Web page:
16 March 2012: Wade did a lot of the necessary spade work here, though as he notes still no real sources. First website Wade links has: ‘On January 15, 1965 Churchill suffered another stroke — a severe cerebral thrombosis — that left him gravely ill. He died nine days later on January 24, 1965, 70 years to the day of his father’s death. His body lay in State in Westminster Hall for three days and a state funeral service was held at St Paul’s Cathedral. This was the first state funeral for a commoner since that of Field Marshal Lord Roberts of Kandahar in 1914. It was Churchill’s wish that, were de Gaulle to outlive him, his (Churchill’s) funeral procession should pass through Waterloo Station. As his coffin passed down the Thames on a boat, the cranes of London’s docklands bowed in salute. At Churchill’s request, he was buried in the family plot at Saint Martin’s Churchyard, Bladon, near Woodstock, Oxfordshire, England.’ Beach loves the ideas of the cranes of London bowing to their dead master. And another site that is sceptical. Beach can’t help but thinking someone with a good knowledge of British railways could kill this legend – not that we would want to, of course: As his coffin passed down the Thames on the Havengore, the cranes of London’s docklands bowed in salute. The Royal Artillery fired a 19-gun salute (as head of government), and the RAF staged a fly-by of sixteen English Electric Lightning fighters. The state funeral was the largest gathering of dignitaries in Britain as representatives from over 100 countries attended, including French President Charles de Gaulle, Canadian Prime Minister Lester Pearson, Prime Minister of Rhodesia Ian Smith, other heads of state and government, and members of royalty. It also saw the largest assemblage of statesmen in the world until the funeral of Pope John Paul II in 2005. It has been suggested it was Churchill’s wish that, were de Gaulle to outlive him, his (Churchill’s) funeral procession should pass through Waterloo Station. This is complete myth. Though President de Gaulle did attend the service and the coffin departed for Bladon from Waterloo Station, there is absolutely no connection. In fact, Churchill did not plan his own funeral as commonly believed; he made a few suggestions, but there was a private committee which made the plans, and he was not on it.’ Thanks Wade!!!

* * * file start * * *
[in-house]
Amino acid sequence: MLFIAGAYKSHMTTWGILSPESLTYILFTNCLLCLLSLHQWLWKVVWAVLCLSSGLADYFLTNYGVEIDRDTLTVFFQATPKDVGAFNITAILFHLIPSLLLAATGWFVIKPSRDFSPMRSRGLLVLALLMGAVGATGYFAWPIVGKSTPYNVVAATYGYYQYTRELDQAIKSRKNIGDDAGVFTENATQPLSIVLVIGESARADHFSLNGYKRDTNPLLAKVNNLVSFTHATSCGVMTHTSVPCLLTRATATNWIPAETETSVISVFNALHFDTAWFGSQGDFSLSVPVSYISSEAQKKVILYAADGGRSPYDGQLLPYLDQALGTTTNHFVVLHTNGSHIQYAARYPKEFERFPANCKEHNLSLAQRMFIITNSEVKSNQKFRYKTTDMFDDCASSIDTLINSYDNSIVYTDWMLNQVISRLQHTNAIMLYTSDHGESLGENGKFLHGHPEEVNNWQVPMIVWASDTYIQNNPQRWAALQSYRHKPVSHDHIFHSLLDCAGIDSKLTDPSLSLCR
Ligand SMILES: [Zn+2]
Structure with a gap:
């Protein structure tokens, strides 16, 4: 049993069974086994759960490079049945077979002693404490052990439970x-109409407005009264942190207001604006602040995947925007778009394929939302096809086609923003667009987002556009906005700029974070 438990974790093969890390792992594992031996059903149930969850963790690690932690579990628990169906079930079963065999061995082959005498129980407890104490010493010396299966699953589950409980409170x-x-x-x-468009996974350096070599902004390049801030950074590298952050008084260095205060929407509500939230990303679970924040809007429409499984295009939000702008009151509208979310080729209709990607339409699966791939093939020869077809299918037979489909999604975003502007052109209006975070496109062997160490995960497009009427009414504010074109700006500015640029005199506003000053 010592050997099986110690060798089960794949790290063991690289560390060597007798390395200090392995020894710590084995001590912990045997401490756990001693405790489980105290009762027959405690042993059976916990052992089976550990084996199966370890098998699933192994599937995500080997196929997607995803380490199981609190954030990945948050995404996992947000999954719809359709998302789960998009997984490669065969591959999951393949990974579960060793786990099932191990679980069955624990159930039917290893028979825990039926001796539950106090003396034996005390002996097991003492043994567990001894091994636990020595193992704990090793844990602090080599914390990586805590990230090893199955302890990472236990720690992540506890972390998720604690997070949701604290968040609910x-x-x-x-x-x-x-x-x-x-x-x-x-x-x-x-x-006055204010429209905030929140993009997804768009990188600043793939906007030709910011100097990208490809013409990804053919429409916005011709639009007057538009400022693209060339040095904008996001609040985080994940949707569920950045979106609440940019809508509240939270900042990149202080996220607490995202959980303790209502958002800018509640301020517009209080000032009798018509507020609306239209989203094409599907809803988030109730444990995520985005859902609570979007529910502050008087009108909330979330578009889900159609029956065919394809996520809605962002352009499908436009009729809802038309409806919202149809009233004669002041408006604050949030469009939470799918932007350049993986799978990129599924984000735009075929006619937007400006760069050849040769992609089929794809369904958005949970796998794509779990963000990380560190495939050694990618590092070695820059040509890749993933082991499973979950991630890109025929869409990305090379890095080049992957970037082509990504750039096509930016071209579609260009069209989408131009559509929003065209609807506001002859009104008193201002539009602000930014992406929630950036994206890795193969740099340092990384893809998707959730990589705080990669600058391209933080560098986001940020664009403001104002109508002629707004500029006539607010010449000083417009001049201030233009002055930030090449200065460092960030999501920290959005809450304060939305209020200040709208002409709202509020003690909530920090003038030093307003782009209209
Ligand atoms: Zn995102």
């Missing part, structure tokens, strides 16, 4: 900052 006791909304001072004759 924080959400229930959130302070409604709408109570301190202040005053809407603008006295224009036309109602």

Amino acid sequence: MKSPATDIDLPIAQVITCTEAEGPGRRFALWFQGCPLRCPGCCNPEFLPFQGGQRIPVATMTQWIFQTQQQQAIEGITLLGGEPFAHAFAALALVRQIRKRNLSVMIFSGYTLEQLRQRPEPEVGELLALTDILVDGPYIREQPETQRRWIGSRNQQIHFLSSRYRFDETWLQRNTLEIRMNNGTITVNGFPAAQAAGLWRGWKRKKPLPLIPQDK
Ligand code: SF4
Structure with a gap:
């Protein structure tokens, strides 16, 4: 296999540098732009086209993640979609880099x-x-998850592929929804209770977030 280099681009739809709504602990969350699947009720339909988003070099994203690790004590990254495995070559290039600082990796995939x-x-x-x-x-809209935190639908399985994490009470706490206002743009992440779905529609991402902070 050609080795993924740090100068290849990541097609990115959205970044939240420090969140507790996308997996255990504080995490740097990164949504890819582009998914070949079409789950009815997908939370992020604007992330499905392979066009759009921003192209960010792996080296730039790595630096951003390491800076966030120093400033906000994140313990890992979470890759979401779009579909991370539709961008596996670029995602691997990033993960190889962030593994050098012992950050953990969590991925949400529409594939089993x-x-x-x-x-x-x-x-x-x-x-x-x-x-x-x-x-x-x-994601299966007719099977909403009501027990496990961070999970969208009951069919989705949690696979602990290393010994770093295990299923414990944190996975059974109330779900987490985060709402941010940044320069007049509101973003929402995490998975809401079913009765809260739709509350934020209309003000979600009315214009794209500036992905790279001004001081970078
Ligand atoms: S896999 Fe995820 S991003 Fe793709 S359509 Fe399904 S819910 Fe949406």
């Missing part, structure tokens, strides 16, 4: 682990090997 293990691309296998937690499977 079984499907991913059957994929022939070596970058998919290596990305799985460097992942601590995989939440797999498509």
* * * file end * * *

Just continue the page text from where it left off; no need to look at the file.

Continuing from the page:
17 Mar 2012: FP writes in ‘Hello, After reading your recent post “Churchill, De Gaulle and Waterloo” and particularly the line that a railway expert could kill the myth, I thought I would write in with a comment. At first sight, railway geography would seem to support the myth. To get from London to Bladon, Waterloo would not be your first choice of station. The obvious departure station would be Paddington, from which a train can get to central Oxfordshire very directly. However, if the organisers definitely wanted to include a journey down the Thames, the problem is that Paddington is a long way from the river: it would be a case of a road procession from St Pauls to Tower Hill, a barge from there to the West End followed by a second road procession through Mayfair and Bayswater. Waterloo is not only almost on the riverbank, but there is a fairly direct rail route from there to Reading, where the train can join the main line from Paddington and on to Oxfordshire. Moreover, for obvious reasons the train was hauled by the locomotive “Winston Churchill”. Although the railways were nationalised in 1947, in England and Wales the former railway companies had survived as largely-autonomous “Regions” within British Railways. “Winston Churchill” was built by the Southern Railway, and in 1965 (although only a few months from withdrawal) was based at Salisbury, on the Southern Region’s lines out of Waterloo. It is probably safe to say that at that time there were no loco crew at all on British Rail who were qualified both to drive “Winston Churchill” and to drive trains from Paddington to Reading; on the other hand almost all Waterloo-Reading line steam crews would have been able to handle the engine. It is also likely that special work would have been needed to make sure that a Southern Region engine would even have been able to run on the Paddington-Reading line safely. In other words, using Waterloo solved two issues: how to get the procession from boat to train easily, and also how to ensure the right engine could be used on the train with minimal special effort. I hope the above is helpful to you. On balance, I think it is highly unlikely that the use of Waterloo was purely to annoy De Gaulle – although I can imagine that when it became apparent that Waterloo would be the most straightforward terminus to use, it would have raised a few wry smiles on the planning committee!’ Thanks FP!!!!